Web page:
Rattner settles New York pension probe

Former Quadrangle chief Steve Rattner has agreed to pay $10m and be banned from appearing before New York public pensions for five years.

Former Quadrangle Group chief Steve Rattner has agreed to pay $10 million to settle his role in former New York Attorney General Andrew Cuomo’s wide-ranging pension pay-to-play investigation.

Rattner will also be banned from appearing “in any capacity” before public pension funds in New York state for five years. The agreement ends two lawsuits brought against Rattner for allegedly paying kickbacks to obtain $150 million in commitments to Quadrangle from the New York State Common Retirement Fund. The settlement is “the last major action” of the multi-year investigation, Cuomo said in a statement.


The Rattner settlement caps Cuomo's career as New York State's top prosecutor, as he was sworn in as governor of the state on 1 January.

Including the agreement with Rattner, Cuomo has collected more than $170 million from 19 private equity firms and five individuals who have settled their cases. The investigation has led to eight guilty pleas, including New York Comptroller Alan Hevesi, his chief political advisor Henry Morris and former pension chief investment officer David Loglisci.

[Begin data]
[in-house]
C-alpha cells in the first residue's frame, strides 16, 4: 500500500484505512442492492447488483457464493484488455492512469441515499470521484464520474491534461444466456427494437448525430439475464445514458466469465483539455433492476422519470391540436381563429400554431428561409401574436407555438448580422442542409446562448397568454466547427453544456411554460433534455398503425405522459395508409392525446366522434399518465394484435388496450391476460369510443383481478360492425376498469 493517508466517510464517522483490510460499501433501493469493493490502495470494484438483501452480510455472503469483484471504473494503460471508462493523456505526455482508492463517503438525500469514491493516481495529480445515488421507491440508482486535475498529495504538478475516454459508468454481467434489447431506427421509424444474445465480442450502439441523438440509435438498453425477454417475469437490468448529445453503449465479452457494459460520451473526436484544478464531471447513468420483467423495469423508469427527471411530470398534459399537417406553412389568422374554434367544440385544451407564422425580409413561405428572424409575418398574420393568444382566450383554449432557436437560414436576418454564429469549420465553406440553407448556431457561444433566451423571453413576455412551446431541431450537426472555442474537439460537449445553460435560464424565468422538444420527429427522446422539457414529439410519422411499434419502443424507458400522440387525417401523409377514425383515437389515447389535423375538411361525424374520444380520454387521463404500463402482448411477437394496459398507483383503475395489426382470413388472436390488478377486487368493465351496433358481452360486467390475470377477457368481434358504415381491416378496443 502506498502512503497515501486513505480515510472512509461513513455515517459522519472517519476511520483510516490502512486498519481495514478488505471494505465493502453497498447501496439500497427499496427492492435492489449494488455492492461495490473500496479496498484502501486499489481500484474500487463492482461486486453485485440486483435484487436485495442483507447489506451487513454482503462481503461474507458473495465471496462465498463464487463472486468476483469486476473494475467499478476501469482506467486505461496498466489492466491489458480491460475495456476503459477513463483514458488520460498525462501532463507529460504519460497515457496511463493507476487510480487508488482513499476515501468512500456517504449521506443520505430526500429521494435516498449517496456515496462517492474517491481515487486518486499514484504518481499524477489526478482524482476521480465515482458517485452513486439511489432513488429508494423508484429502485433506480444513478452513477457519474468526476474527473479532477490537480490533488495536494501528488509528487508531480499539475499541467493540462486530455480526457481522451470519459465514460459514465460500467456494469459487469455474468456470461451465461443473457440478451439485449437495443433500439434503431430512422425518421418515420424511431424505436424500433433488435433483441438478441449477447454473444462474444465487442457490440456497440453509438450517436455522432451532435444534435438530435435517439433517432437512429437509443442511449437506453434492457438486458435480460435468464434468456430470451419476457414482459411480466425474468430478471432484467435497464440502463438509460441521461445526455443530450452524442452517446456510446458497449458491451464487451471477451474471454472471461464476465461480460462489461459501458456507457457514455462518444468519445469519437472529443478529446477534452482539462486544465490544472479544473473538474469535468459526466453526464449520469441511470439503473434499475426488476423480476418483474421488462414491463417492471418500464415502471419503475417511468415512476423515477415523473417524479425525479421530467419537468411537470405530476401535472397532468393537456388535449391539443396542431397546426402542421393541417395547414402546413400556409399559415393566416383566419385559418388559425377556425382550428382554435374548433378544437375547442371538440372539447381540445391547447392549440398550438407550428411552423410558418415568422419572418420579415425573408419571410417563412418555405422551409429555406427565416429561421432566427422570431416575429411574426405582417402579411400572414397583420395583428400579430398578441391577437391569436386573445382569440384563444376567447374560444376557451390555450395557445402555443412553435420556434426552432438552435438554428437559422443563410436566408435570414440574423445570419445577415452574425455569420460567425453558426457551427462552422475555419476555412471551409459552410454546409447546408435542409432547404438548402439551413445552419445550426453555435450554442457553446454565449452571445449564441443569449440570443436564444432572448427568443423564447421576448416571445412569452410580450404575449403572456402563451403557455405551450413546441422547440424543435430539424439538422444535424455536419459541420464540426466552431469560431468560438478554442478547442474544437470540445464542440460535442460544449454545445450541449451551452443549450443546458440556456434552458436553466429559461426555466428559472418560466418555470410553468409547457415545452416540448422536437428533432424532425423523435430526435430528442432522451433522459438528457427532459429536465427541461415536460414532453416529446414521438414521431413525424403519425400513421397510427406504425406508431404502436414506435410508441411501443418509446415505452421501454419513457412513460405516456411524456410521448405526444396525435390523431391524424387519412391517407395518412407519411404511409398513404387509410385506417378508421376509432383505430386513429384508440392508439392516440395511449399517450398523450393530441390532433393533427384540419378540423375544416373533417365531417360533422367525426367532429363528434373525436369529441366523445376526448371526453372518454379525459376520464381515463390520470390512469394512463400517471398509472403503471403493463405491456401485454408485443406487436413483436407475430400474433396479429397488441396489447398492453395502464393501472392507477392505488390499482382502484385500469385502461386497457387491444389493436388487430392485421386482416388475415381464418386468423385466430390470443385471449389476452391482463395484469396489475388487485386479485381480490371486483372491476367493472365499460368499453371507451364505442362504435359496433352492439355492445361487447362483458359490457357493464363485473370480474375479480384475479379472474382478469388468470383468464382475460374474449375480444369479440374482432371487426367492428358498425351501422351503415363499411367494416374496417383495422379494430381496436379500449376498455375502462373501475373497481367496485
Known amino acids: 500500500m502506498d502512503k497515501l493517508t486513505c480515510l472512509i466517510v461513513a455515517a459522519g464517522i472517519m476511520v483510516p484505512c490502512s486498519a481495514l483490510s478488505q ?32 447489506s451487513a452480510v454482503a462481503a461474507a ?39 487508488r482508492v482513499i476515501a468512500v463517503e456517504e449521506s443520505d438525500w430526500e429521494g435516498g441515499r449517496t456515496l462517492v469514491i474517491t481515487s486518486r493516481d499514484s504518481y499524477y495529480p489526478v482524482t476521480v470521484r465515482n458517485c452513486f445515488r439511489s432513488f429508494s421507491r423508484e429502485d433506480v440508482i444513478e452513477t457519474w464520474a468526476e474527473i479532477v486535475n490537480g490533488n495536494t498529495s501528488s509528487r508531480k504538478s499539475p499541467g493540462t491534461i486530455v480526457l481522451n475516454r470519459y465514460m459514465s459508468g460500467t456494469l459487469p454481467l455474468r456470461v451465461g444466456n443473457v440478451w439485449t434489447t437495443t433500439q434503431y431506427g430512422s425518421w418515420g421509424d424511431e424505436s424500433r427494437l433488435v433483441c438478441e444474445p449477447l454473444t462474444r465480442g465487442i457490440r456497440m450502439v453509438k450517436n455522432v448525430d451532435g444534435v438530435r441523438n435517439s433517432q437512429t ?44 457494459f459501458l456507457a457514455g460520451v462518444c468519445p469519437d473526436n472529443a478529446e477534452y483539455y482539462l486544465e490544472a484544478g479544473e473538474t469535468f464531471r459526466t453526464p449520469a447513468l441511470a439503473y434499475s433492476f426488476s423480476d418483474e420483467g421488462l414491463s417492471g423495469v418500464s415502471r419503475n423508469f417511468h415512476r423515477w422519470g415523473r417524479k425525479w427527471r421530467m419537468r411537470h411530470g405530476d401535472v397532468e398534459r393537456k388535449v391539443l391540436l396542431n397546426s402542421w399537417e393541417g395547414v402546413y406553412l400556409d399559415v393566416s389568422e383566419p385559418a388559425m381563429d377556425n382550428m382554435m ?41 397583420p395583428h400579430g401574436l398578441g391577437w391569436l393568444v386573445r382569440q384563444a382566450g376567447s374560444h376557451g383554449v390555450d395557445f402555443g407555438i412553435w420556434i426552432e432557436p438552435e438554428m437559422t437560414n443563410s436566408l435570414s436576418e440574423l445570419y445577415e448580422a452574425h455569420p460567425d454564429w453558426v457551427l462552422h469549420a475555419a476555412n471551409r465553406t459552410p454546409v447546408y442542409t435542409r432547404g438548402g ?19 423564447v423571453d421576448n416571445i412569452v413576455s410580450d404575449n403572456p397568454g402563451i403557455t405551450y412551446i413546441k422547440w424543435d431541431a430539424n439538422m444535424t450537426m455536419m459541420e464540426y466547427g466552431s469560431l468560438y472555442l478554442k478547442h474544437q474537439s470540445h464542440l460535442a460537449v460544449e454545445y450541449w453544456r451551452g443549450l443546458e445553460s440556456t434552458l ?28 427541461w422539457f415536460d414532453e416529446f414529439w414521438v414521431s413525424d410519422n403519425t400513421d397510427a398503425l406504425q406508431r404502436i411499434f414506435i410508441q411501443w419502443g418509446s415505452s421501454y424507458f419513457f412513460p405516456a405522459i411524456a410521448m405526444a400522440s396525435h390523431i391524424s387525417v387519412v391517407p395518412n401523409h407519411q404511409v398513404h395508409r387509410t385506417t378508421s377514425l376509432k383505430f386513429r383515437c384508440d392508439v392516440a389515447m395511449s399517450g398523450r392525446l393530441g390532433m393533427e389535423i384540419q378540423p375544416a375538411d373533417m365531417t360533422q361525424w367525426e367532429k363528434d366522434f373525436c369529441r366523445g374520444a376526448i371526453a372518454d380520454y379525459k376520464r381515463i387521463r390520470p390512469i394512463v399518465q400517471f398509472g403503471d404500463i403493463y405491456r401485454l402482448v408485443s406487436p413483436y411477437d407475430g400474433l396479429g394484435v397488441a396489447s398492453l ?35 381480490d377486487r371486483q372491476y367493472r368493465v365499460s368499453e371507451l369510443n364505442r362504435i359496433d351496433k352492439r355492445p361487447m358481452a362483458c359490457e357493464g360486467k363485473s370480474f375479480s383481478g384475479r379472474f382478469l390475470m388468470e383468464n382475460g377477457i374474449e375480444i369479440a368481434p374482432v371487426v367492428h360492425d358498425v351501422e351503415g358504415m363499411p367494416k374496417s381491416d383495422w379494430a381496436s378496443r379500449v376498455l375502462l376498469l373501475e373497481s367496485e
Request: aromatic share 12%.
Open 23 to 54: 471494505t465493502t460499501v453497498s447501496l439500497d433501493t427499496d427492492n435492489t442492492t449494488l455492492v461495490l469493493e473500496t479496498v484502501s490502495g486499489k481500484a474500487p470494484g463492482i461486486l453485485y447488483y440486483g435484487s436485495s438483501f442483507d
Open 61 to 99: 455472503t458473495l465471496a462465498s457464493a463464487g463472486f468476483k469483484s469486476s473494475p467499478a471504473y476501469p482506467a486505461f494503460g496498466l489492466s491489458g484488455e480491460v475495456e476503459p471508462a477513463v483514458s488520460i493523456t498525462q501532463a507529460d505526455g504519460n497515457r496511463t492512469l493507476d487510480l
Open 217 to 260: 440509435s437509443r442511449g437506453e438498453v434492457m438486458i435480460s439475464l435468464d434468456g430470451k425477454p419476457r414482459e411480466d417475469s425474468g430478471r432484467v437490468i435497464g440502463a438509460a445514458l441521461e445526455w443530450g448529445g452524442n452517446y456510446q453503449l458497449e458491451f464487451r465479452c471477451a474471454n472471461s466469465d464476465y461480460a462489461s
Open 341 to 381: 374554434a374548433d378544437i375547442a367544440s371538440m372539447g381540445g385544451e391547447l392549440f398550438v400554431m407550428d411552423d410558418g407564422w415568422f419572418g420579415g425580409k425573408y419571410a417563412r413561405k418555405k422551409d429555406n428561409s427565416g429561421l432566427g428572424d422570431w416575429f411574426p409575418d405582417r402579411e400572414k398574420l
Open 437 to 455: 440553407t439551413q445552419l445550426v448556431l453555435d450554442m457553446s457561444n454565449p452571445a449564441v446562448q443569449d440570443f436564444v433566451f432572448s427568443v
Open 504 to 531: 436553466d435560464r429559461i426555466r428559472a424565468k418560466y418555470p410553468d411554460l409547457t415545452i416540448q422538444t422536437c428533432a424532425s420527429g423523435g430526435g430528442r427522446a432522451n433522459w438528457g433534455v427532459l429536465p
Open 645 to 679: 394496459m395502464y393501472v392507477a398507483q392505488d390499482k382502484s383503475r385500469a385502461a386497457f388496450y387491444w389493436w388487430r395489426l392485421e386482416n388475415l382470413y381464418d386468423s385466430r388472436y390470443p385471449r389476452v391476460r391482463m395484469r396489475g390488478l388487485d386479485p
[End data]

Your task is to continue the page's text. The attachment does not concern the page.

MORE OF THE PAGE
Rattner settled with the SEC in November 2010, agreeing to pay $6.2 million and take a two-year ban from “associating with any investment adviser or broker-dealer”, the SEC said in a statement.

Last June, New York’s Mayor Michael Bloomberg defended Rattner, telling a reporterL: “I don’t think he did anything wrong”.

Rattner left Quadrangle in 2009 to take up a high-profile post with the administration of US President Barack Obama, heading up a team restructuring the US auto industry. He served on the post for about six months, before stepping down amid reports that he was somehow involved in pay-to-play situations.

Rattner works as an advisor at Willett Advisors, a firm launched to help invest $5 billion of capital from Michael Bloomberg's family trust.